|Jan27-13, 04:14 PM||#52|
Did the US have to drop the A-bombs on Japan?
ps. I thought the OP was answered appropriately shortly after the thread started.
ergo... hmmm... Ah ha!
note to self: unsubscribe from all solved threads, as quickly as humanly possible.
|Jan27-13, 04:21 PM||#53|
At the end of the day, hindsight is wonderful but at the time it looked completely as though it would have cost as much as 100,000 American lives and perhaps 1,000,000 Japanese lives if we had had to invade the home islands, so the bomb seemed like a good idea at the time.
|Jan27-13, 04:50 PM||#54|
So attack the messenger instead of actually looking at the message. That's all I hear so far.
A number of military leaders, from Douglass MacArthur to Dwight Eisenhower to Curtis LeMay stated that in their opinion it was unnecessary to drop the bomb. That's militarily. Japan was losing the war. That was obvious. Surrender was only a matter of time.
Secondly, why drop the bomb on a populated city? Why not drop it on a naval base or in an uninhabited region as a demonstration?
And why drop it twice?
Intimidation of the Soviets makes perfect sense.
|Jan27-13, 05:52 PM||#55|
The true tragedy of the war is that it was of such magnitude, of such scale, and prosecuted against foes that were so brutal that otherwise good men were forced to forget about their morals and values in order to win. That they were forced to see entire cities and their populations as numbers on reports about how valuable they were to the enemies war efforts.
Remember that this was a war that lacked precision bombs, jet aircraft, and guided missiles. How do you destroy a factory that produces munitions when they are covered by a massive Flak battery and fighter aircraft? You send 200 bombers all at once and drop thousands of bombs since you have no idea if you'll be able to hit all the targets with any less. There was no other way. You couldn't send a small strike force. Fighters can't carry enough bombs and can't fly far enough, and bombers are too big to avoid being seen well in advance. You can't send a special forces team. You have no way of safely delivering or picking them up and they had little chance of taking out huge factories anyways.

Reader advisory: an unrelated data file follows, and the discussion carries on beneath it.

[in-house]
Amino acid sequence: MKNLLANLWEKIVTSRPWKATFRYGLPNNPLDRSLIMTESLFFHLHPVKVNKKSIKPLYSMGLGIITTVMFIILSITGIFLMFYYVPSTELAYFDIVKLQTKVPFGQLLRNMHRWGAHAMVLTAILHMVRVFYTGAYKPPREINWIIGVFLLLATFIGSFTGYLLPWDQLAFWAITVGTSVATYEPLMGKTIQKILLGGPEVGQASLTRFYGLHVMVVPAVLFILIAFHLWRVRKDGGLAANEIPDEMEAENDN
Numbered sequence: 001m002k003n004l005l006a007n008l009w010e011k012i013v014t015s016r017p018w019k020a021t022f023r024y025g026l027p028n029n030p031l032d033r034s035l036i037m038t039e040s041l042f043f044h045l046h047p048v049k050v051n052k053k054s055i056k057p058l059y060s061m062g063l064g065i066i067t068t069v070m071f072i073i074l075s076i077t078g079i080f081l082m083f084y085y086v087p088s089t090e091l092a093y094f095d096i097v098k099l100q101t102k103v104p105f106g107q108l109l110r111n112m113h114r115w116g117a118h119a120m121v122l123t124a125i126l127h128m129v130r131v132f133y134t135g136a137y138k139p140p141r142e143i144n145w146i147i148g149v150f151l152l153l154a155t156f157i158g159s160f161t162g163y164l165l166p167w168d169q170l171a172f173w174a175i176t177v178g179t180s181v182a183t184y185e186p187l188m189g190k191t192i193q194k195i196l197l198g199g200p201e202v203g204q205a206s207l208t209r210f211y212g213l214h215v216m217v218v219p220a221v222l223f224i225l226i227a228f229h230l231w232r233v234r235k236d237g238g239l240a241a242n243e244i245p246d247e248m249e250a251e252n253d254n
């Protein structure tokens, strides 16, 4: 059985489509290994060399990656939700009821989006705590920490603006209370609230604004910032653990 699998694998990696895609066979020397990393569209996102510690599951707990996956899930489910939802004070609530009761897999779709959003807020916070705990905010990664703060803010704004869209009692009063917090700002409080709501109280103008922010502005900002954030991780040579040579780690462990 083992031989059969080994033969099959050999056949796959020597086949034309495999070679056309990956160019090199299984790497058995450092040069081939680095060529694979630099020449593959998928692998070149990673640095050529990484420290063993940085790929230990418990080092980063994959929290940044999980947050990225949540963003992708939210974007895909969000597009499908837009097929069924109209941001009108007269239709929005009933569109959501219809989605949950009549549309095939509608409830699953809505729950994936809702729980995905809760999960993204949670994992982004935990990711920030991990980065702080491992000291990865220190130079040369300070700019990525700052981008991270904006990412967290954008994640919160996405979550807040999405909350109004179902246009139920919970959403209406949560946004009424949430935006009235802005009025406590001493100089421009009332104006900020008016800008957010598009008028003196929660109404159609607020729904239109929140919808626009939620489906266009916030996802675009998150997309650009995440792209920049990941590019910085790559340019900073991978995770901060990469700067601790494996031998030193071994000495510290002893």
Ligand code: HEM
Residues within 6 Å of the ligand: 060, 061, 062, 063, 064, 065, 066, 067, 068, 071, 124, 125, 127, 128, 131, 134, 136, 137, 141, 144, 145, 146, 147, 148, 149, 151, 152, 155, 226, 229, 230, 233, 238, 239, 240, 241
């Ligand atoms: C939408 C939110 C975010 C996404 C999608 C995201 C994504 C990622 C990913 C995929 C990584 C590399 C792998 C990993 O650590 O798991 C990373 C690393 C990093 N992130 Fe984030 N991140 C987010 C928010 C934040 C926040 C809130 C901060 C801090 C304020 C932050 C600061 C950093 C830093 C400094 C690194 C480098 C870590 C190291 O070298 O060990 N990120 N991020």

As for why those two cities, see the following link:
Minutes of the second meeting of the Target Committee
Los Alamos, May 10-11, 1945
Some important points from the link are:
As I said, this was a war in which entire cities had already been bombed to husks for years. If you've already been bombed, and taken part in bombings of cities in order to win the war, what real reason do you have to hold back a weapon that takes a single aircraft to accomplish the same thing that 500 did before?
And just in case you still don't think so, if we weren't so concerned with invading Japan, why did the U.S. government order approximately 500,000 purple hearts in preparation for the extreme number of predicted casualties an invasion would have cost?
|Jan27-13, 07:29 PM||#56|
They didn't want an unconditional surrender, no. They wanted to surrender and keep the emperor.
Previous bombings were done in the middle of the war. This bombing was done at the conclusion, when surrender was obviously inevitable.
Frankly, I trust the statements of high ranking generals, especially LeMay and McArthur, over some random officer's statement.
The Japanese surrendered shortly after Stalin invaded Manchuria and Korea.
|Jan27-13, 07:51 PM||#57|
This whole topic is purely opinion based anyways. Did we HAVE to drop the bombs? No, absolutely not. But that's not the issue. It's whether we SHOULD have dropped them. There is no answer to that. It all depends on what you believe. And unless people have done more than a minute or two of research on the topic I don't think anyone should be posting, as they would just be wasting forum space.
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